Civil War museum hopes to double number of visitors
The Frederick (Md.) News-Post
History-related tourism has been a major business in Frederick County.
The National Museum of Civil War Medicine welcomes 40,000 visitors a year, including 50 to 60 tour bus groups, but museum staff would like to double that number over the next 18 months.
“There are 1 million tour buses in D.C. each year,” said George Wunderlich, executive director of the museum on East Patrick Street. “If we can get .0001 percent of those, we could double our visitors.”
Wunderlich and David Price, chief of operations at the museum, spoke to members of the museum’s board at an event that included the goal to bring in more visitors to Frederick, an expansion of the former book store in the museum to a gift shop, and the opening of the Clara Barton Missing Soldiers Office in Washington.
The Clara Barton site, on Seventh Street in Washington, is the third museum for the organization. The other is the Pry House, a Civil War field hospital museum in Keedysville. That growth continues to pay off.
“We take the money out of the pockets of tourists and put it in the pockets of Frederick County,” Wunderlich said.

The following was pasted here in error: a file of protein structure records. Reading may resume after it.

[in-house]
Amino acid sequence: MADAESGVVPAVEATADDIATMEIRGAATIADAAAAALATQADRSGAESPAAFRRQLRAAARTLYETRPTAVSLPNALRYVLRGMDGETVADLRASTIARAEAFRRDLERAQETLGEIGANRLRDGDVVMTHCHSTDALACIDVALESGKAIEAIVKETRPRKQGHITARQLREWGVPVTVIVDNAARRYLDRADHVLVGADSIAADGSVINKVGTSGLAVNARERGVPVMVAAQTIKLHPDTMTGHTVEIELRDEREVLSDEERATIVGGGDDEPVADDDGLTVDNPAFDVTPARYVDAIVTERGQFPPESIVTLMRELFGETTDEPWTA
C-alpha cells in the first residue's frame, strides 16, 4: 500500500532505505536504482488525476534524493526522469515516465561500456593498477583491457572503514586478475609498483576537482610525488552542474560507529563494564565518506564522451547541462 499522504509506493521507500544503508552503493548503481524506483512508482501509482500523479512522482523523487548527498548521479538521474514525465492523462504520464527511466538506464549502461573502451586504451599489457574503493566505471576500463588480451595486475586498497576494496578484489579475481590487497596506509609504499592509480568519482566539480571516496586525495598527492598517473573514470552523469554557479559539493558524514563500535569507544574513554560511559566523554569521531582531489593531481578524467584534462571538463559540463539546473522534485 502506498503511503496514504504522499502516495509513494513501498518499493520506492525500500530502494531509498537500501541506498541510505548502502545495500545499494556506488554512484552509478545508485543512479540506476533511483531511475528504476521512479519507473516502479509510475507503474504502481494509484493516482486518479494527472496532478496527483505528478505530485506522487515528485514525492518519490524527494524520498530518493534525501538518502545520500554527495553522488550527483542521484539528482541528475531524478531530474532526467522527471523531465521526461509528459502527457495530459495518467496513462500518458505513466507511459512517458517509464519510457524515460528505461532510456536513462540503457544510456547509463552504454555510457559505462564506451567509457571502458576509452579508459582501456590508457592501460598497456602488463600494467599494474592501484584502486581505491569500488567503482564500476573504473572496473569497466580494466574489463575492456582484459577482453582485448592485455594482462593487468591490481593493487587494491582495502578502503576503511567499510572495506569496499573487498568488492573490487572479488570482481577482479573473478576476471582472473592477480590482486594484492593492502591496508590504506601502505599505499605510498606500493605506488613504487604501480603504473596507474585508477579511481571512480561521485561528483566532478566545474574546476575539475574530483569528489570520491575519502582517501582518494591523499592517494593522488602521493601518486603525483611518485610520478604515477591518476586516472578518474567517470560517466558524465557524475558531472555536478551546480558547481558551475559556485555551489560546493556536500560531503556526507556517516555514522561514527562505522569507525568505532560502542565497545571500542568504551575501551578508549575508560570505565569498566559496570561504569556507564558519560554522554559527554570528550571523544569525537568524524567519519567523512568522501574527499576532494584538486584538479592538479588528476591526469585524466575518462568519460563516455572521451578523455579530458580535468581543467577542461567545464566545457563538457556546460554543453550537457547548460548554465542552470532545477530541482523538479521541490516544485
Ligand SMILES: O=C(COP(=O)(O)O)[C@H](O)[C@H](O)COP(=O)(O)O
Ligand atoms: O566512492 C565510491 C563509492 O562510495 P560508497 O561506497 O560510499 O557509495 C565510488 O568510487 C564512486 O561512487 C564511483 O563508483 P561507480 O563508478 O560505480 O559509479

The Frederick museum has seen some recent changes. One of the two large front windows of the former Carty’s Furniture Store and Funeral Home was changed. For a long time, the window had a nurse tending to a wounded soldier. The new window focuses on Frederick’s place as a hospital center during the Civil War. Churches, schools and other buildings became places to care for the wounded. The Hessian Barracks at the Maryland School for the Deaf was Military General Hospital Number 1 and served wounded soldiers through much of the war.
“It’s why we are here,” Price said of the museum.
The former book store has been expanded to include gifts, including novelties such as chocolate mini balls (mini balls were bullets used in the war) to Abraham Lincoln Band-Aids.
By linking the museums together, Price said visitors to the Clara Barton site may come to Frederick. The site was where Barton helped track down 22,000 missing soldiers through 63,000 pieces of correspondence.
Barton gathered supplies there and founded the Red Cross (from what had been the Sanitary Commission during the war). Visitors can then go to the Antietam National Battlefield and follow in Barton’s footsteps, even where a bullet passed through her dress as she tended to a wounded soldier who died.
“People spend 90 minutes in the museum and the rest of the day in Frederick,” Price said.
John Fieseler, executive director of the Tourism Council of Frederick County, said during the 150th anniversary at Gettysburg National Battlefield, Frederick hotels were nearly filled and foot traffic at Frederick’s historic sites and restaurants was up significantly. Stakeholders were asked to fill out questionnaires on how to improve the museum’s recognition in the community and for tourists.
“We need to reach outside these walls,” Price said.
Frederick Alderwoman Shelley Aloi, who is liaison from the city to the museum, said the partnerships were important.
“We are not competing, but everyone lifting everyone up. That’s exciting.”